Mid-March and already spider mites have made their mark on Italian cypress and oaks. Since we had a warm fall, followed by a mild winter and no rain in March (so far) the Two-spotted spider mite has settled in and started sucking plant juices earlier in this season than expected. At this point in the season, look for copperish leaf discoloration or overall browning and death of a branch. If populations grow, webbing will start to be noticed, usually starting at the base of the petiole and the underside of the leaf and defoliation may be seen. Spider mites love dusty leaves so hose off your cypress, oaks and rosemary regularly to help keep populations low moving into the summer months. If you need help with a spider mite management program for your properties, please send me an email and we can discuss management strategies ideal for your situation.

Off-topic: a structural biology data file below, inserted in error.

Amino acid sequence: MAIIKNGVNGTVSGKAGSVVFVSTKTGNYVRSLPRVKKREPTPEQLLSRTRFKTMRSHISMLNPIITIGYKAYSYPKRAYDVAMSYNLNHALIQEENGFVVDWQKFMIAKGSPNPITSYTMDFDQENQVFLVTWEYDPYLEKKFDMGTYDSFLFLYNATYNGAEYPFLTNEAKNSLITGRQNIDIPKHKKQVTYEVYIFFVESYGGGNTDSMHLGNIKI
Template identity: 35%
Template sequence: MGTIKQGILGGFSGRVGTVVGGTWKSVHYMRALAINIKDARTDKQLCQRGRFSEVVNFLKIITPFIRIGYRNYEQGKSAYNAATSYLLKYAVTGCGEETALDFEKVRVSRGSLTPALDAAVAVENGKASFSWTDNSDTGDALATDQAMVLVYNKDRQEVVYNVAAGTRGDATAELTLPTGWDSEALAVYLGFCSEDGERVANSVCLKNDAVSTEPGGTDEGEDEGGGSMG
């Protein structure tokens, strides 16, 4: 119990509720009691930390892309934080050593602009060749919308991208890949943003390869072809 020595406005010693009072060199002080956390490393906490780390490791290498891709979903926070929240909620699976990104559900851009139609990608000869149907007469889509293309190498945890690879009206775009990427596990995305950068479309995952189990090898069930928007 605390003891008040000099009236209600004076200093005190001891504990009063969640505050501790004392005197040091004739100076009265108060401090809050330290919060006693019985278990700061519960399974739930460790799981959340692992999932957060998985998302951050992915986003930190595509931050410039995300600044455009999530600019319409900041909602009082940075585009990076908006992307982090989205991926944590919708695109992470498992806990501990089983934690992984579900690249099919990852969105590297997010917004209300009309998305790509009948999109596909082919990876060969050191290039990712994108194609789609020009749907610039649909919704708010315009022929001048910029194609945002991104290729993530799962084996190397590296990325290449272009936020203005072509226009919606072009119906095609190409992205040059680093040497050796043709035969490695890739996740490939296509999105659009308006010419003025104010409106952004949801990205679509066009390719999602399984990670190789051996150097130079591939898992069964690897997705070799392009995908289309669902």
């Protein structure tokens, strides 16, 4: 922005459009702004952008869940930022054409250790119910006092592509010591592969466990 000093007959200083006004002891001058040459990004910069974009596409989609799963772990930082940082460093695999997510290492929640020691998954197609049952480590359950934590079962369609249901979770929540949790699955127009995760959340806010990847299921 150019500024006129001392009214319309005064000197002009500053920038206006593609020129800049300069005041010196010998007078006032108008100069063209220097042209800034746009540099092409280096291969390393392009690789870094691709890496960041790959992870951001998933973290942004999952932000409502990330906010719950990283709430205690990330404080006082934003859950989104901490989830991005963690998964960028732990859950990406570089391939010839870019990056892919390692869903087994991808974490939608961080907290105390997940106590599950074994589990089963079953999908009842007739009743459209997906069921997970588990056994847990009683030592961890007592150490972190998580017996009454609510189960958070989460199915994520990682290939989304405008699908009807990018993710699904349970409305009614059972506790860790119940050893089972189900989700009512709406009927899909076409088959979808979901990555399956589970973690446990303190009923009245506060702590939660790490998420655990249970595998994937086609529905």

Well, I think spring actually starting back in Febrary, but today it is official. What does this mean for our plants? As our days get longer, there are extra hours of sunlight, increased plant photosynthesis therefore plants grow more than they would have a month ago. It also means increased flowering, pollen and seed production plus more mess to clean up on your property. Don’t worry, the flowers will be gone before you know it and then we will be concerned about keeping everything alive in 112 degrees! If you have a chance, this is the best time to visit the Desert Botanical Gardens while our temperatures are still comfortable. Check out their Chihuly exhibit http://www.dbg.org/index.php/chihuly. Stay tuned for more AZ ‘green’ events to be suggested. Enjoy springtime while it’s here… we all know what awaits us in July!